So ask at the AFCO / ACIO and let the Medical Staff do their bit - but be prepared for a negative answer - anything else will be a bonus!


Unsuitable Conditions - so let the Medical Staff do their bit as different people may have different levels of autism which could or could not affect their everyday life
 
#15
Thanks for highlighting that and worthy of note.
However common sense told me as soon as I was told he wanted to join up that it was the worst idea since eddie the eskimo decided to emigrate and build his igloo in dubai. His level of Aspergers is quite severe.
All I needed was something in black and white to back it up. The rest of the staff agreed that this kid joining up seemed scary. He doesn't like noises or flashing lights (bit of a disadvantage if you get mortared and one of your troops is stood in open ground with his hands clasped to his knapper). He doesn't like being shouted at (basic training would be a struggle) and finally his attitude is shite. He doesn't do social and his communication skills are virtually non existant.
In my opinion the Army are better off without him and he's better off without the Army.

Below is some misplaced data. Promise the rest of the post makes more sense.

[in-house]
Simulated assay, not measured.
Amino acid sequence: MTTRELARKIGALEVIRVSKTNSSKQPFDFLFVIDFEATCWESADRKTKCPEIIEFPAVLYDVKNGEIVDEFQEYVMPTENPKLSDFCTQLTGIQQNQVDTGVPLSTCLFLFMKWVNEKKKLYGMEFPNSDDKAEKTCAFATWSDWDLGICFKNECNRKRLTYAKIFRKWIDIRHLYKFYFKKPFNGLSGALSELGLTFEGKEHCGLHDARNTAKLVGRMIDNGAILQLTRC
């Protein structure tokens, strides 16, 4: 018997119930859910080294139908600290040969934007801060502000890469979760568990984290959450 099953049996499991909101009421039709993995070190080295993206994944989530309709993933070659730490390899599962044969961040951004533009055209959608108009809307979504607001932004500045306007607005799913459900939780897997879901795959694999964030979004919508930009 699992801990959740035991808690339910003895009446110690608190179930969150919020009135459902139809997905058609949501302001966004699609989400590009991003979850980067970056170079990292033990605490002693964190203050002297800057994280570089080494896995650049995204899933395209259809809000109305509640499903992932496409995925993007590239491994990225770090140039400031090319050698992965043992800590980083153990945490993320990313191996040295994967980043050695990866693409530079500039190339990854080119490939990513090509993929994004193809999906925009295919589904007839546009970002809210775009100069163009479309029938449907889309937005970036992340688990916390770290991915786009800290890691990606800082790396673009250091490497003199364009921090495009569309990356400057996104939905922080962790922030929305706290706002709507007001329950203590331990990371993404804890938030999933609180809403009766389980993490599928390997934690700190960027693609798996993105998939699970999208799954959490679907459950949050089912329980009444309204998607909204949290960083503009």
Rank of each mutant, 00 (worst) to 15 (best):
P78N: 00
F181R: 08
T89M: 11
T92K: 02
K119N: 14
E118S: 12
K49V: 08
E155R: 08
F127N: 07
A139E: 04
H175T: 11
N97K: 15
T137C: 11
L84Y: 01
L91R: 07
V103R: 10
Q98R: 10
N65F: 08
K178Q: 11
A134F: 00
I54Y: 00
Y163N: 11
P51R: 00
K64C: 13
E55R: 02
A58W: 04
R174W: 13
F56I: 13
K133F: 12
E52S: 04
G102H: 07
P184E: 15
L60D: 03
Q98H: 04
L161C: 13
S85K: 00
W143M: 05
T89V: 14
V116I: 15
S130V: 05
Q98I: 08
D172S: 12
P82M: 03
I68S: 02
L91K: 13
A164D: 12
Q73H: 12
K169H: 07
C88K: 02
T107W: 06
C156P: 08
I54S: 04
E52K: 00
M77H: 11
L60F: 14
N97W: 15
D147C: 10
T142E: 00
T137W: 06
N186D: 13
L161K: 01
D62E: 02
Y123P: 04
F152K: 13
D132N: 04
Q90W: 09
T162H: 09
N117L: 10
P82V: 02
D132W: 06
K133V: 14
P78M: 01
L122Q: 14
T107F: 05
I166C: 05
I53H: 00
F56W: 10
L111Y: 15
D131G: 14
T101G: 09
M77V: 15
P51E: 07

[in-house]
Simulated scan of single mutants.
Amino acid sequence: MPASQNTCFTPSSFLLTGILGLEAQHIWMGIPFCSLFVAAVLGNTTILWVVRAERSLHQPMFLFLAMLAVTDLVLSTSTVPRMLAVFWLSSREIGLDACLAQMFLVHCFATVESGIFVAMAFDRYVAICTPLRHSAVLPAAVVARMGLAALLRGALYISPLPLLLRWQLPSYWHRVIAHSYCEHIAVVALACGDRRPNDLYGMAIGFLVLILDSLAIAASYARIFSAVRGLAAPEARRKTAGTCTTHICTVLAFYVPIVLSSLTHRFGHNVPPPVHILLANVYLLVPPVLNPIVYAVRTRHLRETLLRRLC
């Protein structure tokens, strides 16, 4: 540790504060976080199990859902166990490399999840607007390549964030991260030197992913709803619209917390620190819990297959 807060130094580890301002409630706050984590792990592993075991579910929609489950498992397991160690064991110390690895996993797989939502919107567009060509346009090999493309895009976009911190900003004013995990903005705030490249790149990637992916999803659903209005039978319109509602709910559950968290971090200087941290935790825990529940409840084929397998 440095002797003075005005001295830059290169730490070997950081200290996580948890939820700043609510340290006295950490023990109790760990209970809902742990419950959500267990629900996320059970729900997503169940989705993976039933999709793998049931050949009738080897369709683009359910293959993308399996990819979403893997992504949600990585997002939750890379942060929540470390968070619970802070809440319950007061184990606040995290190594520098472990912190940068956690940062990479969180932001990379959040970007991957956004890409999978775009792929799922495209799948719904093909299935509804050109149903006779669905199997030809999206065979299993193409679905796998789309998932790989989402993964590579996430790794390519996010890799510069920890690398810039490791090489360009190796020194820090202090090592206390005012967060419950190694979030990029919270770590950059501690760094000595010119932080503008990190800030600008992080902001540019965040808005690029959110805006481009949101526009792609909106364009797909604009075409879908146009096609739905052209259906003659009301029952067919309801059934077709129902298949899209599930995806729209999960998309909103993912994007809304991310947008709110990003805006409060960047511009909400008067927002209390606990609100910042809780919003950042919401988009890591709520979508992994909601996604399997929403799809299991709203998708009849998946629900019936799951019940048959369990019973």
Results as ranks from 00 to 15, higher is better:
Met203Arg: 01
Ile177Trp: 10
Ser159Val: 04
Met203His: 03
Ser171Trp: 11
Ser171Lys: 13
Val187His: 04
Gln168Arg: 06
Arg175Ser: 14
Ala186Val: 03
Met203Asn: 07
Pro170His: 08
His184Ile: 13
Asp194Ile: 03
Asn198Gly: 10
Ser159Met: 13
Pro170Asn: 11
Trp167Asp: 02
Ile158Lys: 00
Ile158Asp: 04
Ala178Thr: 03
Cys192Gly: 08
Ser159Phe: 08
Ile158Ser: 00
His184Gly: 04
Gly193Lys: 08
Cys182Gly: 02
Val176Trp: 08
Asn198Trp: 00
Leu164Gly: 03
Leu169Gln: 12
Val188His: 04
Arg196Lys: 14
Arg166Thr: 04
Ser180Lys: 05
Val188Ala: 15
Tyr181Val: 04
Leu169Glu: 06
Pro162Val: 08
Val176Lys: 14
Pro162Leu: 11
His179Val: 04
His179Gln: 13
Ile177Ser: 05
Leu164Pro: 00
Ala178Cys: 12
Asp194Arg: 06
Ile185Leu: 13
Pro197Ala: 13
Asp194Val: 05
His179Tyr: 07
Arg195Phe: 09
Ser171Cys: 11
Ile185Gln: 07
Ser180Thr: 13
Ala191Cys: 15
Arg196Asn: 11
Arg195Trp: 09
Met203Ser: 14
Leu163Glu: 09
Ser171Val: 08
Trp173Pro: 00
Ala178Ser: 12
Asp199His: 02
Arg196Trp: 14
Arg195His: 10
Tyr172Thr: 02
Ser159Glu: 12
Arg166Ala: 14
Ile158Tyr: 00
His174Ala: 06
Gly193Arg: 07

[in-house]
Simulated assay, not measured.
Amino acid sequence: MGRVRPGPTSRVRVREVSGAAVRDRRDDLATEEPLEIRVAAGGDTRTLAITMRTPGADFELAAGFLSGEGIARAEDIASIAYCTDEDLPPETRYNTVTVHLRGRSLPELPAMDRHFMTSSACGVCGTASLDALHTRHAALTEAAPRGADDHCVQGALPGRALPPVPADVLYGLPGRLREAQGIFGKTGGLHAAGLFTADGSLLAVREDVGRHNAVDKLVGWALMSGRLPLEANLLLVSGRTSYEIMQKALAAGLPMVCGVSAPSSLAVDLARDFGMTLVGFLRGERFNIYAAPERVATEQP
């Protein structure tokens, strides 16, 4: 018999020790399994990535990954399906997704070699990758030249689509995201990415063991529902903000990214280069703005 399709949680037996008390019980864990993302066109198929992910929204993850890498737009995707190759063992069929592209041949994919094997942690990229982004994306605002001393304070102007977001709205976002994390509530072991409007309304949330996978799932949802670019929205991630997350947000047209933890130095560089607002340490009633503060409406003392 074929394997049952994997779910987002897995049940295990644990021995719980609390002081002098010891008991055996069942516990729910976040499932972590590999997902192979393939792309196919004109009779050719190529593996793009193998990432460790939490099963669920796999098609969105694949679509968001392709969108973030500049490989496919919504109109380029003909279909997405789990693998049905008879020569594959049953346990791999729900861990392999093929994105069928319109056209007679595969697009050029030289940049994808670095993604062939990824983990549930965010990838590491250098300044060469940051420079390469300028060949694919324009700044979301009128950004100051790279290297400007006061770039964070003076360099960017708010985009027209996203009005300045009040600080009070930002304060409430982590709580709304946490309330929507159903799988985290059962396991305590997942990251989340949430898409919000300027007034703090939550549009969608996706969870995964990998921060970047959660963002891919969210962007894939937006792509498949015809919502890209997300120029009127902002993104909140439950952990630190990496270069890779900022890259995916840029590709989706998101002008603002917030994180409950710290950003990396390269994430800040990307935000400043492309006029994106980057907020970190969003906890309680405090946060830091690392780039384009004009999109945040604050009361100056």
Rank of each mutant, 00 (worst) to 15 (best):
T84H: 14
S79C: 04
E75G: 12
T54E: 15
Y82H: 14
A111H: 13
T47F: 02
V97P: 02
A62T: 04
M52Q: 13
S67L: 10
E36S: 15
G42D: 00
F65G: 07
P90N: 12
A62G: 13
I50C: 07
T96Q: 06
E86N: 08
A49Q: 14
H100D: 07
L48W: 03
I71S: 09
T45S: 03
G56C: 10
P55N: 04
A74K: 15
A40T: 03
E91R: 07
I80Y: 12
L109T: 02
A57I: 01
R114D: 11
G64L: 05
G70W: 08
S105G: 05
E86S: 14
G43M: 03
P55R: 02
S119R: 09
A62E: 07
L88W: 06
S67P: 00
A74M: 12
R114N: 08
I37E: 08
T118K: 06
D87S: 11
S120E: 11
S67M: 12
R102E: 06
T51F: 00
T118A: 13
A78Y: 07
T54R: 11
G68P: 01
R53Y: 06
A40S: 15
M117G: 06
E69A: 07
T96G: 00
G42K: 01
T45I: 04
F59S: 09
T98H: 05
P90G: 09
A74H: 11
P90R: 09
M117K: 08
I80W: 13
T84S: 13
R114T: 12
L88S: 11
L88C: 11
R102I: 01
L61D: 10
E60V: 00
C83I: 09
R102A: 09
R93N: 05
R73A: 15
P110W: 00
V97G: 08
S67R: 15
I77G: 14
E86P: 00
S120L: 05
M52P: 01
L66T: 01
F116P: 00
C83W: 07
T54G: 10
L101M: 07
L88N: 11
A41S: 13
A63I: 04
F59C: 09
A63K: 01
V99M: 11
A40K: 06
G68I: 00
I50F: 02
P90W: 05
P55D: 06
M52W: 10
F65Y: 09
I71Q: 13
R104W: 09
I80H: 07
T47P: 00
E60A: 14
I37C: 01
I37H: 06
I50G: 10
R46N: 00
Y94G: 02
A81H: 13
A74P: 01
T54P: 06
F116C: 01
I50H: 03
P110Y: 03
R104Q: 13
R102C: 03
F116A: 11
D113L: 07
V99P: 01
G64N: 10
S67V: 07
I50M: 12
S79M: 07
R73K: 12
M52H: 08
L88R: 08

#16
Have you considered the RAF?
 
#17
Rumpelstiltskin said:
Have you considered the RAF?
As in:

"Unfortunately, you do indeed appear to have no discernible leadership qualities. Furthermore, you seem to be overly cautious, timid and lacking in self confidence.
A career in the military may not be for you.
Have you thought about the RAF?"

By Sandmanfez :rofl: :rofl: :rofl:
 
#18
dickie_out_and_about said:
Thanks for highlighting that and worthy of note.
However common sense told me as soon as I was told he wanted to join up that it was the worst idea since eddie the eskimo decided to emigrate and build his igloo in dubai. His level of Aspergers is quite severe.
All I needed was something in black and white to back it up. The rest of the staff agreed that this kid joining up seemed scary. He doesn't like noises or flashing lights (bit of a disadvantage if you get mortared and one of your troops is stood in open ground with his hands clasped to his knapper). He doesn't like being shouted at (basic training would be a struggle) and finally his attitude is shite. He doesn't do social and his communication skills are virtually non existant.
In my opinion the Army are better off without him and he's better off without the Army.
It may be a good idea for you and the rest of the support staff to read up on the term "excess disability". It's common in dementia literature, but equally applicable with "Forest Gump".

If you hold these kinds of reservations about the lad, and treat him as if he is "Forest Gump with a bad attitude", then he is never going to improve. The person who posted about her son, has given a perfect example of how somebody can function higher than they should, given their level of disability...